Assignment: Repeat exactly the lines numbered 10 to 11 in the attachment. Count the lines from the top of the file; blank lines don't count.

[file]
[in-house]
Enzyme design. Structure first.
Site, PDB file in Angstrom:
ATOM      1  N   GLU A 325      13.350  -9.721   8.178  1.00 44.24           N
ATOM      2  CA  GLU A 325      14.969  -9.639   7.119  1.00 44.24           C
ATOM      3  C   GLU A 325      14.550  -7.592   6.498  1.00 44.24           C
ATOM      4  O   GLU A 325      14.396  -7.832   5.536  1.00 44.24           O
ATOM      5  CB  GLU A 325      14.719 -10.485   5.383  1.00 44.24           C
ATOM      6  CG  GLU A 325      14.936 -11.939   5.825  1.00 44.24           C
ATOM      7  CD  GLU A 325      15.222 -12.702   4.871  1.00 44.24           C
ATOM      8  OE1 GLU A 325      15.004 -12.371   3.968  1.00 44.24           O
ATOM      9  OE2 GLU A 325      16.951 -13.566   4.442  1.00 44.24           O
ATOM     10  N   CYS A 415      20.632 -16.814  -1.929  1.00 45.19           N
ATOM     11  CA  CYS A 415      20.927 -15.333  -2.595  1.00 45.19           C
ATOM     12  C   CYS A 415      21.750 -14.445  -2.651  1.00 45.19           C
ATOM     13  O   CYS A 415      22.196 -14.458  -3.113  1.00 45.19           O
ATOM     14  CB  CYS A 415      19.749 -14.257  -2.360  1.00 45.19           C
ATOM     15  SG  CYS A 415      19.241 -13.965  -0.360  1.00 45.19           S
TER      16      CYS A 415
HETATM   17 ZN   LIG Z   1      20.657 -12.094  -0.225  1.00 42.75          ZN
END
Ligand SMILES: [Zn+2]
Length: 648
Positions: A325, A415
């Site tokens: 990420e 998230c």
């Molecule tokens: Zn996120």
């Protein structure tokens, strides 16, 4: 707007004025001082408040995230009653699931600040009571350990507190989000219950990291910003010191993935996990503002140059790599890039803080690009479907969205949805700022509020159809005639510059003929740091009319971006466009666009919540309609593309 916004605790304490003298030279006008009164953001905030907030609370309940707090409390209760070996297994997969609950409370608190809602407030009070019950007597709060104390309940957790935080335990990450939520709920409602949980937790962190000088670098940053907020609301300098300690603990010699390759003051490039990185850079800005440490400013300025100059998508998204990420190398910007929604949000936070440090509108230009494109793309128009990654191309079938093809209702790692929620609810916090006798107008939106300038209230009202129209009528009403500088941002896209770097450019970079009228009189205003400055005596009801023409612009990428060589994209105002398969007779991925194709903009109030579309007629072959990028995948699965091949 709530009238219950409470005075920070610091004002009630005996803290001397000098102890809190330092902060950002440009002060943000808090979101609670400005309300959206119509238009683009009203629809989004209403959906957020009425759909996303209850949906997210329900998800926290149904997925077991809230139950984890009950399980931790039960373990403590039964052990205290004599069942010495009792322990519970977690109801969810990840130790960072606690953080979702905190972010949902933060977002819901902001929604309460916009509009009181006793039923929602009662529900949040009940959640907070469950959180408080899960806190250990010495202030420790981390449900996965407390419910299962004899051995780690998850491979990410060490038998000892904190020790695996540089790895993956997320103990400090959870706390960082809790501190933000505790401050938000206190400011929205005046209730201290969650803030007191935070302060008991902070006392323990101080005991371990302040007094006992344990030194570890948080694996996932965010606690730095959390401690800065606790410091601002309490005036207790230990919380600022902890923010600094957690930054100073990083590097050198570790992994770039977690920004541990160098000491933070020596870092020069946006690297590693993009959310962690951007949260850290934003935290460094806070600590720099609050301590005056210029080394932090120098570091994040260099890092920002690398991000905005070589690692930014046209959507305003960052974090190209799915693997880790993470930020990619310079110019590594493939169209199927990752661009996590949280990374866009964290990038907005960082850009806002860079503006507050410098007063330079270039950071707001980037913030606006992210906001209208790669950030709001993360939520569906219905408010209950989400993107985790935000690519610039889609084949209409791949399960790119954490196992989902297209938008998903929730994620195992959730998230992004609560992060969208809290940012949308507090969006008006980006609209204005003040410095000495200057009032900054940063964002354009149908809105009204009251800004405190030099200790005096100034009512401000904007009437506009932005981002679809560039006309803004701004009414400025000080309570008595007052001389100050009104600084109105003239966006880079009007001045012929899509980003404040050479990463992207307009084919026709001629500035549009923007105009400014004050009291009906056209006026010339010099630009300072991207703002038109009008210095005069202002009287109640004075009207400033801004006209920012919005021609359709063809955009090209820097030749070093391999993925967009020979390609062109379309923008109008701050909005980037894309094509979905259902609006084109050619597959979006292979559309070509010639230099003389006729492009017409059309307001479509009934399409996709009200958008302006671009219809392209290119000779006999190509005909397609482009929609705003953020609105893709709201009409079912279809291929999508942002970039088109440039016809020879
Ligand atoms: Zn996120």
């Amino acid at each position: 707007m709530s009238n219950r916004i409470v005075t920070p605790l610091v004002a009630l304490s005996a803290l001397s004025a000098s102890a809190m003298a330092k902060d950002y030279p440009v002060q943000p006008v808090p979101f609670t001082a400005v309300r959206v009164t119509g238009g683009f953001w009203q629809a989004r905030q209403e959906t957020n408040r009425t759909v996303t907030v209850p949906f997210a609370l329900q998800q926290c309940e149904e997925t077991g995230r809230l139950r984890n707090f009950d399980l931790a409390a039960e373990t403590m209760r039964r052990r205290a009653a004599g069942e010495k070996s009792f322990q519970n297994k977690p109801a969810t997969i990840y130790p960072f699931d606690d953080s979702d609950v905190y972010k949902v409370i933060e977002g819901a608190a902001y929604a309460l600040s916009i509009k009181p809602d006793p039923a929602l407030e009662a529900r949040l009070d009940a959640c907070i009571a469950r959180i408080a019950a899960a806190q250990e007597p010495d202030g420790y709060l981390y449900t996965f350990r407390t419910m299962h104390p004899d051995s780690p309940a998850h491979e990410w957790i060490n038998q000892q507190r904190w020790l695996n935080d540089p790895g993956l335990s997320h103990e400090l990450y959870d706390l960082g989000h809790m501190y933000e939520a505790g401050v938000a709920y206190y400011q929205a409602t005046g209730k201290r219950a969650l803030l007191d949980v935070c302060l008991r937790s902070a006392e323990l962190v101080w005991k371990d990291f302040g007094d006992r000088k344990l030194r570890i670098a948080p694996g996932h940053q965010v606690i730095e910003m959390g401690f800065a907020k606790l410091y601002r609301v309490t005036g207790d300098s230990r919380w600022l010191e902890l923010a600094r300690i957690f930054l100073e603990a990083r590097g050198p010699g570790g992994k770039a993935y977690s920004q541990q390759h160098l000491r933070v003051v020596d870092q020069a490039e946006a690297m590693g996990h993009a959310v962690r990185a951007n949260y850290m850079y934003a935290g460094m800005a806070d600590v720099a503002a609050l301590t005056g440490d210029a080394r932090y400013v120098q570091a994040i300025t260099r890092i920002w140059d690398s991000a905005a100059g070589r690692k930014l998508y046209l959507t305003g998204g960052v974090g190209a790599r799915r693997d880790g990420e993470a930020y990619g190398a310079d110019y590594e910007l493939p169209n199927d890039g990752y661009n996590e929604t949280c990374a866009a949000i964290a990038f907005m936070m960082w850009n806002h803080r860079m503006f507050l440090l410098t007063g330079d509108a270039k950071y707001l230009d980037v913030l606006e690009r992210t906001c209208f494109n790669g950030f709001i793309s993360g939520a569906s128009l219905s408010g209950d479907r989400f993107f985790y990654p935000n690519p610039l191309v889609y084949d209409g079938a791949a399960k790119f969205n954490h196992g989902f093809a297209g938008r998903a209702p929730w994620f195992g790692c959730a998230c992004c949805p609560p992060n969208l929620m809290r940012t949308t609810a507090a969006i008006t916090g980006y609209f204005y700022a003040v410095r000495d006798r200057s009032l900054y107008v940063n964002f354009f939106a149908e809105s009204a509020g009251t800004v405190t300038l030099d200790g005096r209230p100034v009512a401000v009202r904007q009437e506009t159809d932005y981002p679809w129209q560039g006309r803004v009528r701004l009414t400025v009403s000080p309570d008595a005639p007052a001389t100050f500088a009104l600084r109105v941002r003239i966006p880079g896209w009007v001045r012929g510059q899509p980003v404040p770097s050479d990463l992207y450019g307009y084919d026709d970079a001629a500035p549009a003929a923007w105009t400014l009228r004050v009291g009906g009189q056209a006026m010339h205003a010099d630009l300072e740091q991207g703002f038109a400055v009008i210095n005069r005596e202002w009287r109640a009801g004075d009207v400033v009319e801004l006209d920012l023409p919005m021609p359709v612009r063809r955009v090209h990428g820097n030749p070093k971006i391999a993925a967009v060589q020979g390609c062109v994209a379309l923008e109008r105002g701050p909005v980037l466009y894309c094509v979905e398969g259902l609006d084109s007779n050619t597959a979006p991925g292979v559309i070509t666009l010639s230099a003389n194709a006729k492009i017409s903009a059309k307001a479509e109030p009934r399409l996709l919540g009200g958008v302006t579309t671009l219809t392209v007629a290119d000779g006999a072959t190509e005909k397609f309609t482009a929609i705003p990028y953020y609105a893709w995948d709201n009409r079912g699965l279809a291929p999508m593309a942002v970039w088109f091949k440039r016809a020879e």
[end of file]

ATOM      7  CD  GLU A 325      15.222 -12.702   4.871  1.00 44.24           C
ATOM      8  OE1 GLU A 325      15.004 -12.371   3.968  1.00 44.24           O